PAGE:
Arusha. Oil production in South Sudan can revert to its former levels of 350,000 barrels a day following the recent peace deal.
Oil, the major source of export revenue, fell to between 130,000 and 150,000 barrels after the country was plunged into bloody chaos in December 2013.
“The war is over and the winner should be our economy,” said Mr Kim Gai, South Sudan member of the East African Legislative Assembly (Eala).
Up to 70 per cent of oil production was shut down after intense fighting which followed alleged coup attempt by Riek Machar against the government of President Salva Kiir end of 2013.
“The economy went down terribly, but after the peace deal, we hope oil production will revert to 350,000 barrels or even half a million a day,” he told The Citizen in an interview.
Until December 2013 when fighting between the two sides and subsequent atrocities erupted, oil used to account for 98 per cent of export revenue for the world’s newest nation.
Mr. Gai said despite doubts expressed by some international observers on the peace accord signed by President Kiir and Dr. Machar in Juba recently, South Sudanese are optimistic.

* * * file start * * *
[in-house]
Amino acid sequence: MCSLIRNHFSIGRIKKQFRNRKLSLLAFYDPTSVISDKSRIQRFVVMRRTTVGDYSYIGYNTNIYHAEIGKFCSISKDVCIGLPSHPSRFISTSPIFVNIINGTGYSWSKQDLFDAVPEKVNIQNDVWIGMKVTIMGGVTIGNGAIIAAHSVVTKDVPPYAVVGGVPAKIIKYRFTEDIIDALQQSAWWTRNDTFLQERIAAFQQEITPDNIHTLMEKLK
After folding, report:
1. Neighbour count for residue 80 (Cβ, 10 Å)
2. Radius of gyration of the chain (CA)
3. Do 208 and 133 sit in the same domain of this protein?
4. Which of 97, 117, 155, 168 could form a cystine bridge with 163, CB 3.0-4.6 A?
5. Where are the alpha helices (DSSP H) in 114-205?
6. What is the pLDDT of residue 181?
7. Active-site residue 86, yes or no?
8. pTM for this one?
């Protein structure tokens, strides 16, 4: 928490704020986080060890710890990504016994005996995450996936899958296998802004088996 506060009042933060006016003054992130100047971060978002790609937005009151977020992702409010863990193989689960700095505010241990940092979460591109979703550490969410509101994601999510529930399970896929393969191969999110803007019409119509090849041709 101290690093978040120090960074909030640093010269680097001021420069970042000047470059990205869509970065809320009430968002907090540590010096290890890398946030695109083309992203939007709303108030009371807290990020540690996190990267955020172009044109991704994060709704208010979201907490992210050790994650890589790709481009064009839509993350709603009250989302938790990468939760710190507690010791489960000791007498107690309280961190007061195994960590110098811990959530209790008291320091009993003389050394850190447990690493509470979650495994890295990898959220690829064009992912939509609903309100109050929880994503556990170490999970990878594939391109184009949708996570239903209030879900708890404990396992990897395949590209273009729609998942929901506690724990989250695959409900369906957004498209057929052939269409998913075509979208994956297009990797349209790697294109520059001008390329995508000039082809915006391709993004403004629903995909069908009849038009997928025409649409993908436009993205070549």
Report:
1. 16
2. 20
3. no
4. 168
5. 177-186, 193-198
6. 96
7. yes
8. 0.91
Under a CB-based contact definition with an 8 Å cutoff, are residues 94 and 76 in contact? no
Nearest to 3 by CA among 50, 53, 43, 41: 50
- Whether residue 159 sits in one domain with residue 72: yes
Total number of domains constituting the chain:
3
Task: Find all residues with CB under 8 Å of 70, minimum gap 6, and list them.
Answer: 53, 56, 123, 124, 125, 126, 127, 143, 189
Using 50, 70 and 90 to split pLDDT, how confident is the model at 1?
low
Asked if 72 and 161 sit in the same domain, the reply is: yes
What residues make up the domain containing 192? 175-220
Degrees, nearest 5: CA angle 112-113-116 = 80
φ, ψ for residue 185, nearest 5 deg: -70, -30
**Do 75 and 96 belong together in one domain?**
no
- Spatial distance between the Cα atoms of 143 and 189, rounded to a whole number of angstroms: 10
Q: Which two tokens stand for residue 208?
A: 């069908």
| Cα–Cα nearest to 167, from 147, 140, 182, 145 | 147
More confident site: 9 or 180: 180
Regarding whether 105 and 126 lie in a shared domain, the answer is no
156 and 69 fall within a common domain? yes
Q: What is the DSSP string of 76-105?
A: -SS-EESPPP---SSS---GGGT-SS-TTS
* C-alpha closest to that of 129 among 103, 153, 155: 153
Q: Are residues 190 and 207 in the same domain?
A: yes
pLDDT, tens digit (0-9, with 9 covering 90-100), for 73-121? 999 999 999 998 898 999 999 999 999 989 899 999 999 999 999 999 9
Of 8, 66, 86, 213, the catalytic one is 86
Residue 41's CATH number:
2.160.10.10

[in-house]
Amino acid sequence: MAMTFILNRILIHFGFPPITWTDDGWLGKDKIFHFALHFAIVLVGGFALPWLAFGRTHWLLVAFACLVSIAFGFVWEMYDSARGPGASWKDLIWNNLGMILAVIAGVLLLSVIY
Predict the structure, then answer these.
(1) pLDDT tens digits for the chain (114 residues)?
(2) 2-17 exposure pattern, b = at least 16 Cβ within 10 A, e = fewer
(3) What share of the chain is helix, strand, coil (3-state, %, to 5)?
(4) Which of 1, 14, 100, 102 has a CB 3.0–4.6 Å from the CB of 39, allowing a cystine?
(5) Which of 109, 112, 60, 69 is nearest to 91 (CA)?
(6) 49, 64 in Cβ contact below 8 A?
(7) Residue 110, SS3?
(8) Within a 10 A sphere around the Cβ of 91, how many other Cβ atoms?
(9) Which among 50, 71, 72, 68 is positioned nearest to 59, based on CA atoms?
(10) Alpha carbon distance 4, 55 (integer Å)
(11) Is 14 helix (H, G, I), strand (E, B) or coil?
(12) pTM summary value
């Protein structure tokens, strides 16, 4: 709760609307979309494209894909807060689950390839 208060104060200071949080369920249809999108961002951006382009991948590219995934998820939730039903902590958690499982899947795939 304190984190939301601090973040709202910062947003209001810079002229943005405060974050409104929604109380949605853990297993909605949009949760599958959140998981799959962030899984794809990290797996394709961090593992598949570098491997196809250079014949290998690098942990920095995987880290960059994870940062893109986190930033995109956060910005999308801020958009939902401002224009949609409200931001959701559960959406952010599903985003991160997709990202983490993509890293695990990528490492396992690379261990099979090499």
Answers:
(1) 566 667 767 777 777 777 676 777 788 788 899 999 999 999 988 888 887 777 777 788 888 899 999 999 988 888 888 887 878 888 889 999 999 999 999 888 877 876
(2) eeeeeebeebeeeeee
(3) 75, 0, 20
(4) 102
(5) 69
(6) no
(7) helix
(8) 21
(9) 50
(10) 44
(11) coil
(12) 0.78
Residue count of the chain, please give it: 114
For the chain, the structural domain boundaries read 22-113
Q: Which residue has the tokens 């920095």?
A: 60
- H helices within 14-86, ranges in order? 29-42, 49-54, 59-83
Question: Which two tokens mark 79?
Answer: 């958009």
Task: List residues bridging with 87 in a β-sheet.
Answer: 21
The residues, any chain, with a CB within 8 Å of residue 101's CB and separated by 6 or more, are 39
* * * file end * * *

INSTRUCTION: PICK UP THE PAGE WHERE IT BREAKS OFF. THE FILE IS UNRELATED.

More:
Another Eala member from South Sudan Gabriel Alaak Garang said the people of his country would this time around consolidate the peace agreement reached.
“People are tired of fighting, the region is tired so is the international community,” he said at the end of the House session over the weekend. He added; “We will implement the agreement (signed on October 31st) so that the economy recovers and bring development to our people.”
Their remarks followed a Resolution passed by the Assembly at the end of its session which called upon the signatories of the peace deal to respect the agreement.
The resolution, moved by an Eala MP from Uganda, Mr George Odongo, reiterated strong support and solidarity to the South Sudanese in their resolve to end the violent conflict.
South Sudan became independent from Sudan in July 2011 and joined the East African Community (EAC) as the sixth member in 2016.